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Parashat Tol’dot

5 Nov 2021

Dear Members and Friends,

Two sons, disparate in appearance and in character, twins, one reddish all over, as though covered with a hairy mantle, and so named Esau (‘hairy’); his brother following holding Esau’s heel and named Jacob (‘heel’). Esau is a skilful hunter, a man of the outdoors, but Jacob is a man who stays indoors. And each one becomes the favourite to his parent: Esau to Isaac and Jacob to Rebekah.

Jacob secures the birthright belonging to Esau in exchange for a bowl of lentil stew and then urged by his mother, goes on to deceive his father, disguising himself as Esau to receive the blessing for the firstborn.

Both Jacob and Esau seem to receive a similar blessing from their father – blessings of abundance and fertility. The earth will be soaked with the dew of heaven and yield its produce from fruitful and rich places. These are fitting blessings as we think of the discussions that are taking place in Glasgow at the UN Climate Change Conference this week and praying for strong and good decisions.

If Esau and Jacob are both to benefit from the fertility and richness of the earth, why then is Jacob (or Rebekah more accurately) so keen to receive the blessing of the firstborn and Esau so bitterly disappointed with the blessing his father has given to him?

Taking a closer look at the two blessings, we discover that Isaac, who is blind, is sensitive to the smell of the clothes that Jacob has donned, the skins of animals that Rebekah has placed in his hands to make him more like Esau. And it is this arresting smell that captures something in Isaac:

    ‘Ah, the smell of my son is like the smell of the fields that the Eternal One has blessed.’

Does he know that the son standing before him is Jacob, or does he believe he is Esau – ‘The voice is the voice of Jacob, yet the hands are the hands of Esau’ (27:22)?  Whatever the answer to this question, the blessing that he gives to this son is one that comes from God: ‘May God give you of the dew of heaven and the fat of the earth, abundance of new grain and wine.’

But when he comes to bless Esau, Isaac says more simply: ‘See, your dwelling place shall enjoy the fat of the earth and the dew of heaven above.’  Why doesn’t Isaac invoke God’s name in this blessing for his firstborn? Surely God’s blessings are manifold; or does Isaac recognise something in Esau that is unworthy of the divine blessing?

It is the second half of the blessings that diverge. Jacob is to rule over nations and be a master to his brothers, receiving the same blessing that God has given to his grandfather Abraham: ‘Cursed be they who curse you, blessed they who bless you’ (27.29).

Esau is to live by his sword and serve his brother and will only be able to break the yoke of subjugation when he can no longer withstand ruthless oppression (according to Rashbam).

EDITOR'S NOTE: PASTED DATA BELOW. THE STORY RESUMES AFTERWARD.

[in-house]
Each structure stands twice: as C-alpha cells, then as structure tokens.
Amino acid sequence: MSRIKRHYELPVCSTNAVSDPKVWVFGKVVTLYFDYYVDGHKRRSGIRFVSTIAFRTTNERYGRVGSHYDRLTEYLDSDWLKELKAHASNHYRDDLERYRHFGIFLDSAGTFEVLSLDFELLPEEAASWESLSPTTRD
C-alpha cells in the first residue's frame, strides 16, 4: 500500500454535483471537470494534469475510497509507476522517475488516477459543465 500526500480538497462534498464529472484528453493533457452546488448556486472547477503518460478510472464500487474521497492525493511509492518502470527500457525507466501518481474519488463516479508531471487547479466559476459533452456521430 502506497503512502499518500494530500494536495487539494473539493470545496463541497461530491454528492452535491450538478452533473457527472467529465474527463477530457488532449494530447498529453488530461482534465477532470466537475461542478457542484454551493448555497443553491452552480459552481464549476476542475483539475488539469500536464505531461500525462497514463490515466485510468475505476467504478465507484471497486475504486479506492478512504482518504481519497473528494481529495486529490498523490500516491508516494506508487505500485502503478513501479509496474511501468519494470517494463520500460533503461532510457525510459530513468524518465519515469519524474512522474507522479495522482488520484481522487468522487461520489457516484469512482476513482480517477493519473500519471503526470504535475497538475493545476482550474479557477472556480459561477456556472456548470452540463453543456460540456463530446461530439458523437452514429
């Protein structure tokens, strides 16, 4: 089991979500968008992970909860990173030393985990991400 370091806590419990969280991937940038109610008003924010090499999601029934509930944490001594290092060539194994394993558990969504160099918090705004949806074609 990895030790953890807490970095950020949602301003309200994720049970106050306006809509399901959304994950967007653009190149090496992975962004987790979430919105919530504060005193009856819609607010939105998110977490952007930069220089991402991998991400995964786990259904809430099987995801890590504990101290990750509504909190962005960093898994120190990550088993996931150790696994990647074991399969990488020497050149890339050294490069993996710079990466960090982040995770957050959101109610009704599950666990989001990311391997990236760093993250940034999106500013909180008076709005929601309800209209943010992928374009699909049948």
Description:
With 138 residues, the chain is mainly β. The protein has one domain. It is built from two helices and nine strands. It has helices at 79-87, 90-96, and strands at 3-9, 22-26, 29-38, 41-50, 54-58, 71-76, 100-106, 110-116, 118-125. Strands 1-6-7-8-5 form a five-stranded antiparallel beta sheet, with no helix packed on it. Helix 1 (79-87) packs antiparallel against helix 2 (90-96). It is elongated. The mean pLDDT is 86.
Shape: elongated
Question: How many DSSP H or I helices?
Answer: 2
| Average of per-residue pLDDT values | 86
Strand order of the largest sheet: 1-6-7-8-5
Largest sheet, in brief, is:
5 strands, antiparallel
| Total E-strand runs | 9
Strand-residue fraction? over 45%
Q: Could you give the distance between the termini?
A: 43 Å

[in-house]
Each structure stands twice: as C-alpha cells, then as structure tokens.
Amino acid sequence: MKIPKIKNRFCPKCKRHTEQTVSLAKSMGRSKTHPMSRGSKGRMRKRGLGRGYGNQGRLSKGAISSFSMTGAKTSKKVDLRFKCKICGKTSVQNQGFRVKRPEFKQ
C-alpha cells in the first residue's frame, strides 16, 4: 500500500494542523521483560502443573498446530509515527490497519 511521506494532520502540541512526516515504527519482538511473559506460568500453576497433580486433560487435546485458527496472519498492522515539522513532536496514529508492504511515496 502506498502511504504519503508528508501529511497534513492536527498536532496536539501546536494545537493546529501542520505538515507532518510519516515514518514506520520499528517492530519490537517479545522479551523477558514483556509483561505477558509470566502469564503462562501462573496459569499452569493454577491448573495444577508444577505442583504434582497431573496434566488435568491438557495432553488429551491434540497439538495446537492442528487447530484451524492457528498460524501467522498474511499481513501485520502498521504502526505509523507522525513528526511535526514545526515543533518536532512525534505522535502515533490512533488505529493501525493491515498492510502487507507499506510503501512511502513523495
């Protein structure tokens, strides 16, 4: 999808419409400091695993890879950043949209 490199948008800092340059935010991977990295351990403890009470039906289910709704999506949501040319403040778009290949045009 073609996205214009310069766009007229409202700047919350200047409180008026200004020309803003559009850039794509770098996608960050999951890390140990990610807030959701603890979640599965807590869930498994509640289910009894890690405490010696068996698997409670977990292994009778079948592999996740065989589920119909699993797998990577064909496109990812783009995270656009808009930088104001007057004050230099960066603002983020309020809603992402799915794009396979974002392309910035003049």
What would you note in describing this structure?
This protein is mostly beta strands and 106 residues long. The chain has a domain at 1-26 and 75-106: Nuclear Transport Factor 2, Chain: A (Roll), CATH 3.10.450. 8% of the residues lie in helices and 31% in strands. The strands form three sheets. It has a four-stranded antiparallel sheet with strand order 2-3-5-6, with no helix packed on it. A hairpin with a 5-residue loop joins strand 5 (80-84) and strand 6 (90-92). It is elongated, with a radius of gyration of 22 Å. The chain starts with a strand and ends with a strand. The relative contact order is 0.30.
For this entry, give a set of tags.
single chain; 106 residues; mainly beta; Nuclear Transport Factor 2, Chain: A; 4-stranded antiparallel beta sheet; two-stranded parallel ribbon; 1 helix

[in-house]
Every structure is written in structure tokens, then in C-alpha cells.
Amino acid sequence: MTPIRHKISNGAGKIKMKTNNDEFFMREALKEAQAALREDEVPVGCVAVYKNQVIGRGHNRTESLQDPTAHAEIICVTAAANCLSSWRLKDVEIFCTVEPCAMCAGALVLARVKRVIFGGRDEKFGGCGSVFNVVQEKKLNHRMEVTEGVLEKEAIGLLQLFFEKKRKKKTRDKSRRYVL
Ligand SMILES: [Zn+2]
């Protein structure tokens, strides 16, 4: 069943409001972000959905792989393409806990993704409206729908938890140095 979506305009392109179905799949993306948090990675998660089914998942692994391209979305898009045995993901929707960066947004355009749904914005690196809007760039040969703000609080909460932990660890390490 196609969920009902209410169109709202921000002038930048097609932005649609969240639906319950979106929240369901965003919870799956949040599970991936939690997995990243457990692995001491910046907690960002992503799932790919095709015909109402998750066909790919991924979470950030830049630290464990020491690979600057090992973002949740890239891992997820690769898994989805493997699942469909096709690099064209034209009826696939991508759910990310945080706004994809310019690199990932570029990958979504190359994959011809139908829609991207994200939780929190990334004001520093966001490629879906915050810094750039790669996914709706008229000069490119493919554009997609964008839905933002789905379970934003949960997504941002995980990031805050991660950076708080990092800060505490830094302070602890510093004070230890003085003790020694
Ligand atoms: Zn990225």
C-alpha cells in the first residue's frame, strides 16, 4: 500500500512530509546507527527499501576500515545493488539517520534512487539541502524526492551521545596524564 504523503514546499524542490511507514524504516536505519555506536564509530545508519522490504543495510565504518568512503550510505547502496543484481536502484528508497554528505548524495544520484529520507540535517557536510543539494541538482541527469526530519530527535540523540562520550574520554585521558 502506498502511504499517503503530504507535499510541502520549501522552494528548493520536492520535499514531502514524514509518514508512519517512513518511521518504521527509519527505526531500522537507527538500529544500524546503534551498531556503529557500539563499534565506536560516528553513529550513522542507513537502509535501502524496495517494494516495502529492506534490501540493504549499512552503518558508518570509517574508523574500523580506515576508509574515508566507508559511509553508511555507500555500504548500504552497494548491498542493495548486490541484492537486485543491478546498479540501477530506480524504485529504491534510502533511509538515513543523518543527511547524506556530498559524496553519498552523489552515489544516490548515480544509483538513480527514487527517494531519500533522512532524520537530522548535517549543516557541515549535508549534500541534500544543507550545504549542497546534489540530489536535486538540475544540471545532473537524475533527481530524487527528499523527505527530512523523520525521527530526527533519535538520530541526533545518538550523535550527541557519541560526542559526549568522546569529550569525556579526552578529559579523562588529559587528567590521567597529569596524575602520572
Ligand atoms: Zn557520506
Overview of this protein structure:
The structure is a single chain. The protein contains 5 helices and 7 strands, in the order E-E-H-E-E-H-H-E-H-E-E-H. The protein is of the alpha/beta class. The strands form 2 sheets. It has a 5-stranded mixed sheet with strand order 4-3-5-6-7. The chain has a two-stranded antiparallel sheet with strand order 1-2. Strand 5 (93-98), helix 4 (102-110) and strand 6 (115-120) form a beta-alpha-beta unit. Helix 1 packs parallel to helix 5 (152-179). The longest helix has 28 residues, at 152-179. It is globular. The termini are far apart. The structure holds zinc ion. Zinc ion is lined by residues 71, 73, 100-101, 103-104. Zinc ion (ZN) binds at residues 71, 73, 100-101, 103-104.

I wonder, in the light of current events, whether Isaac’s prophecy here is about those who plunder the goodness of the earth at the expense of those who live in poverty, are oppressed and suffer as collateral damage in times of war. All these things are embedded in the blessing for Esau. He is the innocent victim in this story, like those who are the innocent victims of greed and consumerism in others.

We can, of course, interpret these blessings in a variety of ways to suit our message, but there is no doubt that unlimited power, subjugation and enmity, played out between nations in a land that is rich and plentiful, are going to be harmful to the human race and to the planet.

Jacob may well feel a certain complacency having been blessed; Esau’s weeping is bitter when he realises that the blessing that should be his has been stolen by Jacob.

When we have done weeping for the desperate state of our planet, let us resolve to lighten our footprint on the earth and add our voices to those who want to leave something of the dew of heaven to future generations.

Shabbat shalom,

Alexandra Wright

Jewish Women's Aid Shabbat 

12 Nov 2021

Dear Members and Friends,

What is the purpose of writing? What makes it worth your time and energy to share your thoughts with others? Questions like these have always been in the minds of all great writers.

William Faulkner (1897-1962), who was awarded the Nobel Prize in Literature, dedicated his acceptance speech on 10 December 1950 to this question. He reflected on how toxic it is to write from a place of fear rather than from a place of hope:

“Our tragedy today is a general and universal physical fear so long sustained by now that we can even bear it. There are no longer problems of the spirit. There is only the question: When will I be blown up? Because of this, the young man or woman writing today has forgotten the problems of the human heart in conflict with itself which alone can make good writing because only that is worth writing about, worth the agony and the sweat.”